Our work with patients with a learning disability

Our work with patients with a learning disability

You said:

We regularly attend the Learning Difficulties (LD) Forum in York. At one of the forums attendees raised a number of concerns around barriers to accessing health care within the LD community, and wanted more information about women’s health and screening.

The main issues raised were around communication to patients with a learning disability, not offering enough time at appointments and understanding of what screening is.

We did:

Working in collaboration with the learning disability (LD) community, a GP and nurse from the Vale of York CCG attended an informative session at the Learning Disability Forum (LDF) CVS on 28 September 2017 as part of a question and answer session around screening, women’s health and what stops people from going to see their GP. 

We listened to the feedback and created an action plan to address these concerns.

We worked with a local advocacy group, the forum and our GPs to take this forward. This work has continued into 2018 and 19.

We are aware that on average, the life expectancy of women with a learning disability is 18 years shorter than for women in the general population; and the life expectancy of men with a learning disability is 14 years shorter than for men in the general population (NHS Digital 2017).

It is important that we focus on health inequalities within this group of our population.

Within the Vale of York if we are able to see service users with a learning disability we can help recognise health problems early, prevent lifestyle issues and help support them with fears around screening.

More information on health inequalities for those with a learning disability can be found here.

We sent out a survey to practices to ask about their identification of patients with a learning disability and uptake of cancer screening and health checks.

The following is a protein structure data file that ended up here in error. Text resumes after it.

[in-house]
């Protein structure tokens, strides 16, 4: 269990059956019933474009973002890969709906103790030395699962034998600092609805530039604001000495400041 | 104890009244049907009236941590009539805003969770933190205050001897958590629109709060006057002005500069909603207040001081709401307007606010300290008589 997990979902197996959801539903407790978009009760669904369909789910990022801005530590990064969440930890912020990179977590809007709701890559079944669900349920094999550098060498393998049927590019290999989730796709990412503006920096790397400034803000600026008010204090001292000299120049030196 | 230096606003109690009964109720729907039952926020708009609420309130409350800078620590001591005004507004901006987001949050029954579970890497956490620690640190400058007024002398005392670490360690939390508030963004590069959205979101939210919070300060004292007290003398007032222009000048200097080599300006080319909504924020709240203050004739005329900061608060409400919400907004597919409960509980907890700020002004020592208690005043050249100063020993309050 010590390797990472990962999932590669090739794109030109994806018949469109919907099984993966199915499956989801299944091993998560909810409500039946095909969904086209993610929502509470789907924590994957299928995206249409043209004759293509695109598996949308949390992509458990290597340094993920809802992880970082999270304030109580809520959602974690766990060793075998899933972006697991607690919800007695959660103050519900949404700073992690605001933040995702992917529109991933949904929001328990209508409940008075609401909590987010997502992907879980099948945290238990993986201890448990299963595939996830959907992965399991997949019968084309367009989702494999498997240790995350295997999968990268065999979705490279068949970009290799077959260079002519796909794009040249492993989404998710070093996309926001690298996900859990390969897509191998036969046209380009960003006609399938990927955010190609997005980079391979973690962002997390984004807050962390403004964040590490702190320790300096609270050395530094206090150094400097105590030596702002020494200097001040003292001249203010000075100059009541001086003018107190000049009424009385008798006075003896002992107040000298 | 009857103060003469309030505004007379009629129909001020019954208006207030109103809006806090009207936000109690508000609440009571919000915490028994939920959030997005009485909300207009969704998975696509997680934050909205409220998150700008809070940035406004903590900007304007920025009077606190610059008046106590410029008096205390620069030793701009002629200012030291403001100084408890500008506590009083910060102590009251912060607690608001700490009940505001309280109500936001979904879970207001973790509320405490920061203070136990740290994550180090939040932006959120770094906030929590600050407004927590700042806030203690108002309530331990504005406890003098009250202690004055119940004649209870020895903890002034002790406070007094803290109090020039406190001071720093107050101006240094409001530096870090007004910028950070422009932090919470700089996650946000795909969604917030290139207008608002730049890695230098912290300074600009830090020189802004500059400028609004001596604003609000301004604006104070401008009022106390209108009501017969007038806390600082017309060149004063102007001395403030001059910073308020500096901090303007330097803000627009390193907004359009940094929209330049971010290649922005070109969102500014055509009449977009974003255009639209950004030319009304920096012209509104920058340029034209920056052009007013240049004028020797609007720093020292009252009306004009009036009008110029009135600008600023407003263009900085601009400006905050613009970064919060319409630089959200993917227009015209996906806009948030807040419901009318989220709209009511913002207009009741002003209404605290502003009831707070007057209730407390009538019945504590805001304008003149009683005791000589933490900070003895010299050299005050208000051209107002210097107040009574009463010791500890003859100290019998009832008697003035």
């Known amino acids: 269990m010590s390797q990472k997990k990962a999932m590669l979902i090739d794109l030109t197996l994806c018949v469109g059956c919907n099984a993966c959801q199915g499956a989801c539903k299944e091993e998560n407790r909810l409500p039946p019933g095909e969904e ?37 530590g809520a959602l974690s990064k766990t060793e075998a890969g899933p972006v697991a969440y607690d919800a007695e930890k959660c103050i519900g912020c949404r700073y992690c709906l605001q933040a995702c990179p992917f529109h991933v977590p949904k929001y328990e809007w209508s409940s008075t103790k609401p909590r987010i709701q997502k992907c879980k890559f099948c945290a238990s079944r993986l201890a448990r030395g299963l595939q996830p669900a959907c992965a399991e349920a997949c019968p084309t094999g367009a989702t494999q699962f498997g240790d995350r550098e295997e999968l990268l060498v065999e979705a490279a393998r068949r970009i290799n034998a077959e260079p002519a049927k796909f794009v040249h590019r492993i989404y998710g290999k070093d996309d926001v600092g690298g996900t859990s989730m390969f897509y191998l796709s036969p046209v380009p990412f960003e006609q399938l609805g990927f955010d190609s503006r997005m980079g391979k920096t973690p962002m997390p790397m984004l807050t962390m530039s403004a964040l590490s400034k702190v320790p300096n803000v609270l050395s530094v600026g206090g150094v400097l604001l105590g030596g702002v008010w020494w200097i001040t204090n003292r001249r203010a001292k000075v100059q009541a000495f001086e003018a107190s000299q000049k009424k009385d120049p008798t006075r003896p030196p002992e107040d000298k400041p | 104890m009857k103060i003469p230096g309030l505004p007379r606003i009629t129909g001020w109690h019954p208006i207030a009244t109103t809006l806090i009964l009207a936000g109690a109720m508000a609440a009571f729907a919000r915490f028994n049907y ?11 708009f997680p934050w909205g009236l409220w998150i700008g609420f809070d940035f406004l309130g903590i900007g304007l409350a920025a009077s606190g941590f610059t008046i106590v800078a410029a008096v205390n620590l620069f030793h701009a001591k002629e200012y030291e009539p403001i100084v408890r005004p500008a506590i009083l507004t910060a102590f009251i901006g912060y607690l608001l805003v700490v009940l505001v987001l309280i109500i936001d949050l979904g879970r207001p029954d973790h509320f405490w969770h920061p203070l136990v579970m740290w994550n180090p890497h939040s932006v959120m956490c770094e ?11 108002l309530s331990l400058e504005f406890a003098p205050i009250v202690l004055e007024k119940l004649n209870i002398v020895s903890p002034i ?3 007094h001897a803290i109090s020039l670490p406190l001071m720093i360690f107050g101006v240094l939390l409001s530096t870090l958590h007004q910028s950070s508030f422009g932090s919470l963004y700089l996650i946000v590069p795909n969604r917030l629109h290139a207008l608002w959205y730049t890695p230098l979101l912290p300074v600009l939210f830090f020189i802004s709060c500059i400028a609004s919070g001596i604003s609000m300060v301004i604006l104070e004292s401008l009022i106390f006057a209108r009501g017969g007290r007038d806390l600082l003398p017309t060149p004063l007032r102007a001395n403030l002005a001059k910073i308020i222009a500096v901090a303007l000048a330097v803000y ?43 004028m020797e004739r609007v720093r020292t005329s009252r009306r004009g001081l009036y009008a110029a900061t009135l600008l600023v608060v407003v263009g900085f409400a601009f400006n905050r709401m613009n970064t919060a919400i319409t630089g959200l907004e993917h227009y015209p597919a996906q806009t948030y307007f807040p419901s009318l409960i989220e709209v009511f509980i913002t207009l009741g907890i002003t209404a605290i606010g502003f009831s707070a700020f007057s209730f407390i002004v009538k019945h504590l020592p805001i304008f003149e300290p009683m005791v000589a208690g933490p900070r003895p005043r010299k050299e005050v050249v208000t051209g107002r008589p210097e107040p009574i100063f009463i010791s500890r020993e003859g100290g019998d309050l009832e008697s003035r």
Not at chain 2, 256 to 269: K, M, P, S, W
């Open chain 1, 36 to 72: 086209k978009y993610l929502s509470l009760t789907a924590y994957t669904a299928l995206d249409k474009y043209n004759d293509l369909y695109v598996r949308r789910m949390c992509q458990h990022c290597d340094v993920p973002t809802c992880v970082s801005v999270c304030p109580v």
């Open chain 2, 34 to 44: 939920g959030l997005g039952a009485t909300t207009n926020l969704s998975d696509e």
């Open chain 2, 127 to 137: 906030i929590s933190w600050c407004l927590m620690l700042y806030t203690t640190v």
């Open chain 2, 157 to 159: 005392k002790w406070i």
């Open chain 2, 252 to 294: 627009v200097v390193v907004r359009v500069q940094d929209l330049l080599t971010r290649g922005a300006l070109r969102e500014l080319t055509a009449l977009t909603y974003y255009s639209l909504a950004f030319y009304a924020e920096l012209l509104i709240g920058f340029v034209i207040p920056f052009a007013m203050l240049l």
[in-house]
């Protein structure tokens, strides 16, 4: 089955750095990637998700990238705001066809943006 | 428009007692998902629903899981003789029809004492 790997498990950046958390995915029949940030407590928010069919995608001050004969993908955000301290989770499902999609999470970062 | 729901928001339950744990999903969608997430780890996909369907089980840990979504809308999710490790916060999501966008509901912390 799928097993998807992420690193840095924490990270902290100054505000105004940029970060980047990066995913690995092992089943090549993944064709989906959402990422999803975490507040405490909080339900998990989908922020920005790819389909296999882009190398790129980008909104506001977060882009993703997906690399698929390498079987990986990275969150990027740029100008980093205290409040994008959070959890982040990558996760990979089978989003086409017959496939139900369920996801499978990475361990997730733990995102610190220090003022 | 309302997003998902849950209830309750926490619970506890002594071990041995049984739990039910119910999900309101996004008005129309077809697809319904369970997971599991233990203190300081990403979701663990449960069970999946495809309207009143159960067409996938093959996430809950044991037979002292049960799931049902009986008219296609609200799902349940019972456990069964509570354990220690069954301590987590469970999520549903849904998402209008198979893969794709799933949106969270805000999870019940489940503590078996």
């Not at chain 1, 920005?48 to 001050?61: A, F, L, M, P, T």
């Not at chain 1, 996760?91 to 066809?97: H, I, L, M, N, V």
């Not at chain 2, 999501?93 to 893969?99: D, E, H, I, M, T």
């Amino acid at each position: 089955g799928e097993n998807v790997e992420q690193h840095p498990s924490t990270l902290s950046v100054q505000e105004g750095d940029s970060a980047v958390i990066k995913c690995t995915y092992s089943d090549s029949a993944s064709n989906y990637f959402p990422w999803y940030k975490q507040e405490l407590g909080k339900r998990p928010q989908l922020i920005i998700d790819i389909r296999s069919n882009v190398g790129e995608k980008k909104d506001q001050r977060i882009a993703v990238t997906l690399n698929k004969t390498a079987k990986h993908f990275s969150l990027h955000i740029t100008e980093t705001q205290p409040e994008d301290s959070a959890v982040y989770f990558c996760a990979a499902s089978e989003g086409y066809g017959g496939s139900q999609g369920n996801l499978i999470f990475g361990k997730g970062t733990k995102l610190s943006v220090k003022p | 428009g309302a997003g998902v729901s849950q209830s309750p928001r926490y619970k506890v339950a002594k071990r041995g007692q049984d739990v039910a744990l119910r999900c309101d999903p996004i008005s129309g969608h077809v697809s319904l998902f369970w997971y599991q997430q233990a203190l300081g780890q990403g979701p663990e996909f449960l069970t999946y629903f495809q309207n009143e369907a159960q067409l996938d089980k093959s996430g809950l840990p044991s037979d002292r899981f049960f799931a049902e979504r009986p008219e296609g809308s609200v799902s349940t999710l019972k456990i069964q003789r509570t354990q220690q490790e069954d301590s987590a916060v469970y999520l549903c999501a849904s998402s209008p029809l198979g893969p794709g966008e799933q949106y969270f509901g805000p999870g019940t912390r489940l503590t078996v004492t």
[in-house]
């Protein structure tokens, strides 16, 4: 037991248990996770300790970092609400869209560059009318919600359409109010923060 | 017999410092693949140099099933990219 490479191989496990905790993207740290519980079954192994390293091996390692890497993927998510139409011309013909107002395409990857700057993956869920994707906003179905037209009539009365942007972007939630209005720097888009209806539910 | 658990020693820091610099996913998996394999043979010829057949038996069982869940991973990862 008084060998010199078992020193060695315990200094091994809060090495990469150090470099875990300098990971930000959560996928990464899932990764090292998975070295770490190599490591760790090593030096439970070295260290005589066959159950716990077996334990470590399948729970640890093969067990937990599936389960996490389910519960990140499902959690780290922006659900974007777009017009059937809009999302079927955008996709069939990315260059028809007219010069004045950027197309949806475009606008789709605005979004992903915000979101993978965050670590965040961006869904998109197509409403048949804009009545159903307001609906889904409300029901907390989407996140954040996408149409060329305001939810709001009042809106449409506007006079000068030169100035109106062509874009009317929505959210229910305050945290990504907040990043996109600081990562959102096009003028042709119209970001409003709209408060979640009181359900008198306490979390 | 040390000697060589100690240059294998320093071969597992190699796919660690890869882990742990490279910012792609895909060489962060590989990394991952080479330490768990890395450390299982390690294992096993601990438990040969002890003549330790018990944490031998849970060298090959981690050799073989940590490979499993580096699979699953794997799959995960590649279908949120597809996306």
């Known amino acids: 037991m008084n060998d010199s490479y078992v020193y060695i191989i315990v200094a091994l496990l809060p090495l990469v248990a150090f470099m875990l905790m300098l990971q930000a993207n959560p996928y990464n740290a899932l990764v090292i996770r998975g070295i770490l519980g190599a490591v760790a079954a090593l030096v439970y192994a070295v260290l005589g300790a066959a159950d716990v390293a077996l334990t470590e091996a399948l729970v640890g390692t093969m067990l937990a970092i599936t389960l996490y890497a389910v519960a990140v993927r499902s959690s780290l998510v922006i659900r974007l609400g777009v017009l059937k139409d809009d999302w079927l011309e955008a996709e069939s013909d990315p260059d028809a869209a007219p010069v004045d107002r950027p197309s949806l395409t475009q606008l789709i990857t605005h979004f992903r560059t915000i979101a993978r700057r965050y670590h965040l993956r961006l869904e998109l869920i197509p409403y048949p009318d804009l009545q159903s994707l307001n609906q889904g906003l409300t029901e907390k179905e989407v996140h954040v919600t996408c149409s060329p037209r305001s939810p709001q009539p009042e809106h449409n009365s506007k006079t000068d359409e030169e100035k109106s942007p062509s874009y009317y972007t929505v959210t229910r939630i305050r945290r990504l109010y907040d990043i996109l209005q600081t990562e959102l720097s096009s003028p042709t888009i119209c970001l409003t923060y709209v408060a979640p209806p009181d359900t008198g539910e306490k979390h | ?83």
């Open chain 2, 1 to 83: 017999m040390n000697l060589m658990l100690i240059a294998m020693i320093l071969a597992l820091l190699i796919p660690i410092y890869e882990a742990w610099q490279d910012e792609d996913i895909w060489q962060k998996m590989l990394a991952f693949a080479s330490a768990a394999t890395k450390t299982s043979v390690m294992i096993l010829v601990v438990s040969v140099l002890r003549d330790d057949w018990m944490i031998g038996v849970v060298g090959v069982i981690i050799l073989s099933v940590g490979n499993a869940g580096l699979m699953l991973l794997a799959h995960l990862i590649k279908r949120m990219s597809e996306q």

In 2018 a questionnaire was completed by 16 GP practices in Vale of York CCG.  The responses were representative of 80% of the patient population. There were differences between GP practices and it was identified that update of cancer screening  and health checks was low.

Cancer screening

 

Number eligible

Number screened

Percentage uptake (LD)

CCG overall % uptake

Cervical screening 25-49

267

58

21.72%

75.5%

Breast screening

130

50

38.46%

77.4%

Bowel screening

167

64

38.32%

60.5%

Health check uptake

Click here to view the data for health check uptake.

This data and the feedback from our population were used to put a case forward for:

  • Improved communication to patients with a learning disability
  • Employment of a specialist LD team in primary care (within GP practices)

In April 2018 the Quality Lead for Primary Care attended a Healthwatch Assembly to discuss the project, and gather feedback.

Resulting in:

Review of leaflets available to patients:

We reviewed the literature and resources that was available for patients with a learning disability. We updated the GP website, where clinicians go to download information and leaflets for patients, with the latest version of easyread documents.

GP website: https://www.valeofyorkccg.nhs.uk/rss/index.php?id=learning-disabilities

Increasing funding to employ Learning Disability Nurses

Within the central locality, we supported the GP practices across York to introduce two Learning Disabilities nurses and a care navigator in early 2019 to help with:

  • Increasing the number of health checks
  • Improving communication and the accessibility of information to those with a learning disability
  • Training staff within practices
  • Identification of patients with a learning disability

Progress so far:

  • In early 2019 one nurse has been recruited, and the second post is being advertised.
  • On 7 March there will be a clinician training event for all practices and there will be a carer event in conjunction with the LD forum in the summer.
  • A new template has been created for the annual healthcheck, including an easy read invite.
  • The team of nurses will also be advising practices on clinical coding, so that they are not missing patients with a learning disability.
  • This was reported at the Primary Care Commissioning Committee on 1 March 2019. To view the report please click her eand go to pages 19-21.

 

How we have fed back to our partners and population: